And from what I understand, The Scholar of the First Sin edition, some of the changes with that put in more enemies and stuff and one of my favorite things about Dark Souls I is how a lot of it feels kind of empty. It doesn’t feel as video game-y as Dark Souls III, where there’ll be a mob of, like, six or seven little enemies coming at you. There’s a lot of two- or three-on-one kind of things. You’re going down a long haul with nothing for a long time, and then there’s an enemy. I like that vibe so much. And according to Derek, at least. If he’s wrong, I’m going to text him and be like, “I hate you. You made me waste seven dollars on eBay.” [Laughs] But the vanilla edition is supposed to be closer to Dark Souls I in that respect: Fewer swarms of enemies coming at you, more space to explore. It’s still supposed to be hard as hell, but I’m looking forward to it.

I tell people I like these games and it’s the same as when I tell them I like Weakling or I like Three 6 Mafia. They can’t just say, “That’s cool.” They’re like, “Oh, then you’ll like these things.” No, no, no. I like this thing, and this is the thing I like. And so, when people are like, “What about this Soulslike?” I don’t like it because it’s not the thing I like. “What about Lies of P?” I don’t want to play Pinocchio. I’m sorry. I’m sure it’s good. I don’t care. “What about Armored Core?” I don’t care about robots. I just want to replay Bloodborne for the first time again. If I could Eternal Sunshine [of the Spotless Mind] myself and just go have that experience again, I would do it.

You get to a certain age, too, where you don’t get as many new experiences when you hit the midpoint of life. At best, it’s like, Oh, that’s a pepper slightly hotter than a pepper I’ve eaten before. To have an experience fundamentally unlike anything you’ve had before, which is what I definitely had with Bloodborne and also playing Dark Souls I at 30 FPS and being able to enjoy it. I just never experienced a video game world that immersive that was also so up my alley in terms of the aesthetic and the restrained storytelling. I love it.

Were there other types of games that you explored at that time?
I played Hollow Knight, which was amazing. A lot of people had recommended that. I put a lot of time into that—80, 90 hours or something like that. That one, I really, really, really liked. I tried a bunch of roguelike… Roguelite? Roguelike? Whatever the term is. And it turns out those aren’t for me. I tried Enter the Gungeon. I got about 30 minutes into that—did not enjoy that. I tried Dead Cells. I “beat” Dead Cells the first time through and I was like, Eh. It’s not like those things are bad, it’s just fundamentally not for me. Even though I love these FromSoft games, my other favorite games are very far from FromSoft games. Like Fallout: New Vegas, which—until Bloodborne—was my end all be all of games. And before that, I was always a big fan of point-and-click Sierra adventures, like the Quest for Glory series. I loved those. I’m sure there’s some amount of retro point-and-click resurgence or something, but I’m not trying to chase that dragon. Those games were fun when I was 12. I don’t really care to shatter that illusion for myself and be like, Oh boy, it turns out this was really a piece of shit. So, I just let that be. I’ve tried a bunch of things and none of them have really stuck. [Thinking] You can tell that they really landed with me if I can’t even remember what they were. I downloaded Outer Wilds, started playing it and I was like, Maybe if I was in a different mood, I would enjoy this. And then I think at some point in there, I was like, Well, I’ll just do another playthrough Dark Souls I. And I did.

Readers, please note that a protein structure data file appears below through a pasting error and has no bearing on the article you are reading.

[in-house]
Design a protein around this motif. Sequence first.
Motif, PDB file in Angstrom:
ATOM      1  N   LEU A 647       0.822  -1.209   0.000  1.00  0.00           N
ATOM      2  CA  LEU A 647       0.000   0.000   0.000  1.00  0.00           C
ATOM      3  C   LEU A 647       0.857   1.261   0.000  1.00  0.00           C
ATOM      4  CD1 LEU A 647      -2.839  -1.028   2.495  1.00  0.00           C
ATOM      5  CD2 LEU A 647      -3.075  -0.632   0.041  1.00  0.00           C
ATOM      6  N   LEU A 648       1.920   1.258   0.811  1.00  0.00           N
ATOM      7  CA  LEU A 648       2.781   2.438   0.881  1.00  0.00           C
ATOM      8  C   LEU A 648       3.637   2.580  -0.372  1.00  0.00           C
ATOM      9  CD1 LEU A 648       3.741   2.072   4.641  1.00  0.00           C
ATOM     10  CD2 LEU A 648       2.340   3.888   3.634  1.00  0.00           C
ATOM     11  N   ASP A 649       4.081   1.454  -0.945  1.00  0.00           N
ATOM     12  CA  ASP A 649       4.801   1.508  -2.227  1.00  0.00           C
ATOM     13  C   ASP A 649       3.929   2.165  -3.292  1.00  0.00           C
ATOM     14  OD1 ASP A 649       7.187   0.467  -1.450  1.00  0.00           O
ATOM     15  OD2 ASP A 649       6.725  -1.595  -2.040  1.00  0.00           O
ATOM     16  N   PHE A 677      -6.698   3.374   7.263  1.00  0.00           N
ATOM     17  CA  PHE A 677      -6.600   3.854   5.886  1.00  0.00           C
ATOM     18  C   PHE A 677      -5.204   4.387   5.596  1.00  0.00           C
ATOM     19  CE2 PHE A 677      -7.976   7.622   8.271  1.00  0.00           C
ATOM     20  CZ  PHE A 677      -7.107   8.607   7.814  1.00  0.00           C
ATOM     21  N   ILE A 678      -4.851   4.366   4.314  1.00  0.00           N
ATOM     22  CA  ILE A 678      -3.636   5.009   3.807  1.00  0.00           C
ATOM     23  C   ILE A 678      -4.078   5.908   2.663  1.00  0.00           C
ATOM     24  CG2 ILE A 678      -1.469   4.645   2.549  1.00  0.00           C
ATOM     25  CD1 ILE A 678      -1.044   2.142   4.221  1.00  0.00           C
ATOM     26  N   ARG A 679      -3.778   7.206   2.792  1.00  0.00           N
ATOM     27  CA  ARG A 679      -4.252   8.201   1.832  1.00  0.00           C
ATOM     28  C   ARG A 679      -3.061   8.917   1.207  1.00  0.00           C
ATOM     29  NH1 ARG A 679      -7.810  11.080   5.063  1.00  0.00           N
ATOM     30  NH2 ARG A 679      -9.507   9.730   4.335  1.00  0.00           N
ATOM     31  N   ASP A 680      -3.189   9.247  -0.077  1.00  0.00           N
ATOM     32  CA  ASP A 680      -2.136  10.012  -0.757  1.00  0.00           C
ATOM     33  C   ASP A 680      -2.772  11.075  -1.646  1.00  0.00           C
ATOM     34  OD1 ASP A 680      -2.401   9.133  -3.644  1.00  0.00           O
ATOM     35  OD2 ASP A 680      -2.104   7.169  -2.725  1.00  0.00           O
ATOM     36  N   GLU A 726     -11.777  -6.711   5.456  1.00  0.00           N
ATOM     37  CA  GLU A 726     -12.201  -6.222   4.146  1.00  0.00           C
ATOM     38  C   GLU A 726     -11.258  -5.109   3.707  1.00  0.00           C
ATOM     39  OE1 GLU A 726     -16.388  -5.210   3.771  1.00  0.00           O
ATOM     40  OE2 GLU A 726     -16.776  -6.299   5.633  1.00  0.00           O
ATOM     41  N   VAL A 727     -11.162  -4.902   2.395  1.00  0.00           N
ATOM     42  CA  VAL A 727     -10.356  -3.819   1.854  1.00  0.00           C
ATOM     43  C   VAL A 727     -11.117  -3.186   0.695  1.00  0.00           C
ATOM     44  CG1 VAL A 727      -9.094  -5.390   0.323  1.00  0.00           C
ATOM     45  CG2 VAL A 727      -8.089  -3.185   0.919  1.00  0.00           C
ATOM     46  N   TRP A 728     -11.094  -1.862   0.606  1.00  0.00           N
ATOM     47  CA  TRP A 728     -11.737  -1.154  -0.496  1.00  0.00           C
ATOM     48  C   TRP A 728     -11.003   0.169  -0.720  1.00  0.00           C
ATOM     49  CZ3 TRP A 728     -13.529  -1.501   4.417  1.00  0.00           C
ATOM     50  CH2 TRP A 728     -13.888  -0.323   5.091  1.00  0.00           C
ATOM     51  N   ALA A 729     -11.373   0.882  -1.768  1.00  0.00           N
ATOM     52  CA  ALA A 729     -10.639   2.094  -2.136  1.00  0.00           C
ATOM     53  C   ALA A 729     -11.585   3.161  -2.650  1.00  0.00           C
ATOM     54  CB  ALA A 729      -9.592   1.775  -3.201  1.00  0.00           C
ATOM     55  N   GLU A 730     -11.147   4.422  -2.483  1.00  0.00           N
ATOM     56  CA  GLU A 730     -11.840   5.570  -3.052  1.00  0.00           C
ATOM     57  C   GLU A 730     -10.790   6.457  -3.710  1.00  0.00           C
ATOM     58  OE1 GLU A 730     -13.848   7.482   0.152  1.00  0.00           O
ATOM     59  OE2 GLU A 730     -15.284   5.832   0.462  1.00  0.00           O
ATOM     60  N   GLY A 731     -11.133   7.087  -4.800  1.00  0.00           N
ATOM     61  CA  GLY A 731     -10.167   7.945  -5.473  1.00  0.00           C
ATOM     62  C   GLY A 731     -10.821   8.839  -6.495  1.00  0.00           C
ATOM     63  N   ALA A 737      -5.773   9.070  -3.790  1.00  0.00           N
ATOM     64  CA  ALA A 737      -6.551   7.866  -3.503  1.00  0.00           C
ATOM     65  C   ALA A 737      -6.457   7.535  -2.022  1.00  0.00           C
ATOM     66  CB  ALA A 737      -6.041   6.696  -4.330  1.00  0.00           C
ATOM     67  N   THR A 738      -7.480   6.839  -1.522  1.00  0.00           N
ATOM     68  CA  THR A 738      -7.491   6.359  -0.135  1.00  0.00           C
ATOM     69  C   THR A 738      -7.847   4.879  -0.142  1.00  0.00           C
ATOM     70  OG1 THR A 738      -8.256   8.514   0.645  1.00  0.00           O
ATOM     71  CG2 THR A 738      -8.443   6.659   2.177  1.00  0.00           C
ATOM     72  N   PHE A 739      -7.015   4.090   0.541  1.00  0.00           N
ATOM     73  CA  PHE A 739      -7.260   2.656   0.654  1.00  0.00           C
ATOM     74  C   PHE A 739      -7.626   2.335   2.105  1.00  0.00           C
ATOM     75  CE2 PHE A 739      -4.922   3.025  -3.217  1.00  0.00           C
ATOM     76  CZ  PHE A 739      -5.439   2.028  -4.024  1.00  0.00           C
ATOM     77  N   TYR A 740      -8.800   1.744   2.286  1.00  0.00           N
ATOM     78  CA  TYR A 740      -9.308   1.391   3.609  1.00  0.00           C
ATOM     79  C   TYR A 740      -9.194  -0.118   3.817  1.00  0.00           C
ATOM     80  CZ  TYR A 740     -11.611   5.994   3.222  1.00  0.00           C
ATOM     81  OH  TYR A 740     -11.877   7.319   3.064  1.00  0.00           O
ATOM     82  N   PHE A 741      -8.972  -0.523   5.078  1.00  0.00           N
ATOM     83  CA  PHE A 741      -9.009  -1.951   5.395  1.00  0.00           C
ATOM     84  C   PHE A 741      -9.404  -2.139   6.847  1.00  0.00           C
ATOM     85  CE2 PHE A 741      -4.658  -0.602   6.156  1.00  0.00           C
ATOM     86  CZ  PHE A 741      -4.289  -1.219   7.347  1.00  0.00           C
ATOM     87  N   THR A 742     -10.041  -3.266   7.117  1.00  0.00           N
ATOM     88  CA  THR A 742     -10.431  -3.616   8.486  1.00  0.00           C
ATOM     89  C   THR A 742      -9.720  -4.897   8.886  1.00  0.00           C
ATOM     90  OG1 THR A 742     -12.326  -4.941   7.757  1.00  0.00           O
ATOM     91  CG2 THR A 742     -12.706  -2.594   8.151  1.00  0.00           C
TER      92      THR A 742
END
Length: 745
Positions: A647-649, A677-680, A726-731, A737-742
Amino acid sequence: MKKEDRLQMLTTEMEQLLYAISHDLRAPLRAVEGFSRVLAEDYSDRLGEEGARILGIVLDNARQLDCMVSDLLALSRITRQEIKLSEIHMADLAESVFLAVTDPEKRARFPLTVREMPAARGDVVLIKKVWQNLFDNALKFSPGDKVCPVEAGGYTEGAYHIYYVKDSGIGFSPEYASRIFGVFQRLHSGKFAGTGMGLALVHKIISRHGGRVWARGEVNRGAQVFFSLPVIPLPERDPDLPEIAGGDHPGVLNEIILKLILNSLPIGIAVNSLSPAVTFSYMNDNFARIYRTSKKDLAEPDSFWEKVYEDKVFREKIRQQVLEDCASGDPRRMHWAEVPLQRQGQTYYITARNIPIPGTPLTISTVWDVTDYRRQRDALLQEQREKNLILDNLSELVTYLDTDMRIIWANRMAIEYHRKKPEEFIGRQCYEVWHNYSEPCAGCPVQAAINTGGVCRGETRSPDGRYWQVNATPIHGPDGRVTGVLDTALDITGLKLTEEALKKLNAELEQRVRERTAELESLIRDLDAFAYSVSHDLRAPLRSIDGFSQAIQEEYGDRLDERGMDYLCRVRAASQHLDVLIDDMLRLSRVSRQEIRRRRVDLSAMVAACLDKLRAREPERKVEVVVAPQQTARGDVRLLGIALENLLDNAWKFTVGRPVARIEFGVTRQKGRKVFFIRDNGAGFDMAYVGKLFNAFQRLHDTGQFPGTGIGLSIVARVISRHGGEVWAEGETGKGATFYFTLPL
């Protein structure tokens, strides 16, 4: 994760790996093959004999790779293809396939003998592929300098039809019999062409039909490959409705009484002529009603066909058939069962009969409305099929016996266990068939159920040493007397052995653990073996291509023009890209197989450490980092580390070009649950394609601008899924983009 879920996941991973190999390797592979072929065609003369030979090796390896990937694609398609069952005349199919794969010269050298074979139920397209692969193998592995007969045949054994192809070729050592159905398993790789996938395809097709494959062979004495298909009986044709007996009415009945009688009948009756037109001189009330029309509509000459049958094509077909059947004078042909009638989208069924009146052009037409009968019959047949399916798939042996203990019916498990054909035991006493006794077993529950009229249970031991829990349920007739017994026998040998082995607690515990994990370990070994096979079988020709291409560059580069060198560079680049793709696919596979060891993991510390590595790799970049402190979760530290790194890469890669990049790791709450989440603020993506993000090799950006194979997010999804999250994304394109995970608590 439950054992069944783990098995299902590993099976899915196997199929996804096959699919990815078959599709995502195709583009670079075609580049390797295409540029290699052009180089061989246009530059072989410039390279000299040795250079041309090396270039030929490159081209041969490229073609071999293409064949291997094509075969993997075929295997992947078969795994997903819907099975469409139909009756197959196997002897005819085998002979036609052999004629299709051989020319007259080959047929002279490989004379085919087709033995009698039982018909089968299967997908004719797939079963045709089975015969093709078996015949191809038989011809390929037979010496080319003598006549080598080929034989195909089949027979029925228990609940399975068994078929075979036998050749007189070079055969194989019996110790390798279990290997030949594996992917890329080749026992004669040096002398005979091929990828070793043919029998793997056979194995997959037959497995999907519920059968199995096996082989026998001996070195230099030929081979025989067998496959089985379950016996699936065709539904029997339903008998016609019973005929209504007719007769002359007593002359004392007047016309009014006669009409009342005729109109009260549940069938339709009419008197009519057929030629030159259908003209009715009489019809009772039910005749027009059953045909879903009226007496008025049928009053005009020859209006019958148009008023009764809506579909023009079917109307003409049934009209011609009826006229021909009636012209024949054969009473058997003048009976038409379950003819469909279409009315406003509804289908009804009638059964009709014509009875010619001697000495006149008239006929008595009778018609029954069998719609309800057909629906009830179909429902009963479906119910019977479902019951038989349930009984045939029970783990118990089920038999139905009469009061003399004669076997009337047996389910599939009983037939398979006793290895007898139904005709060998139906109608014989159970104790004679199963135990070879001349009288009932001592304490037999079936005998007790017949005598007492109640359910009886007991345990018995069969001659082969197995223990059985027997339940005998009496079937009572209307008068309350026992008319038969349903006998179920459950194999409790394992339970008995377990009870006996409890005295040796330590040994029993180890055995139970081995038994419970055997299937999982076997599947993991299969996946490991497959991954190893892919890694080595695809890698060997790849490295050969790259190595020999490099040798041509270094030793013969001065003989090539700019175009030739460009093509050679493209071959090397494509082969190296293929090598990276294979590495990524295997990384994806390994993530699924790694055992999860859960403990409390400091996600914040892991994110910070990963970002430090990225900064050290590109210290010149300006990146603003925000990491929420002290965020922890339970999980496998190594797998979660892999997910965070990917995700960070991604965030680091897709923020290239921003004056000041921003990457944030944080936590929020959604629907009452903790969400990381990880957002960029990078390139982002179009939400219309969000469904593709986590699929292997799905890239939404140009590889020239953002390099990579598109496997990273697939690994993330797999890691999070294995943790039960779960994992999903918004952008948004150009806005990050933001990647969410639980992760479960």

Is there anything in particular that causes you to check out?
The FromSoft games—with the exception of Sekiro: [Shadows Die Twice], which I have no interest in playing because I know it doesn’t play the same way and I don’t like parrying, I’m not good at parrying and I don’t want to play a game that’s based around the thing that I suck at—they are the intersection of things that I like: high fantasy or industrial age, Lovecraftian settings combined with difficult gameplay. I understand that these games have a reputation as being punishing, but there’s something about the roguelike genre where it’s so punishing for dying and you literally start over the game with brand new everything. I can appreciate abstractly the appeal of that, but it is incredibly unsatisfying to me and it keeps me from being invested in the game.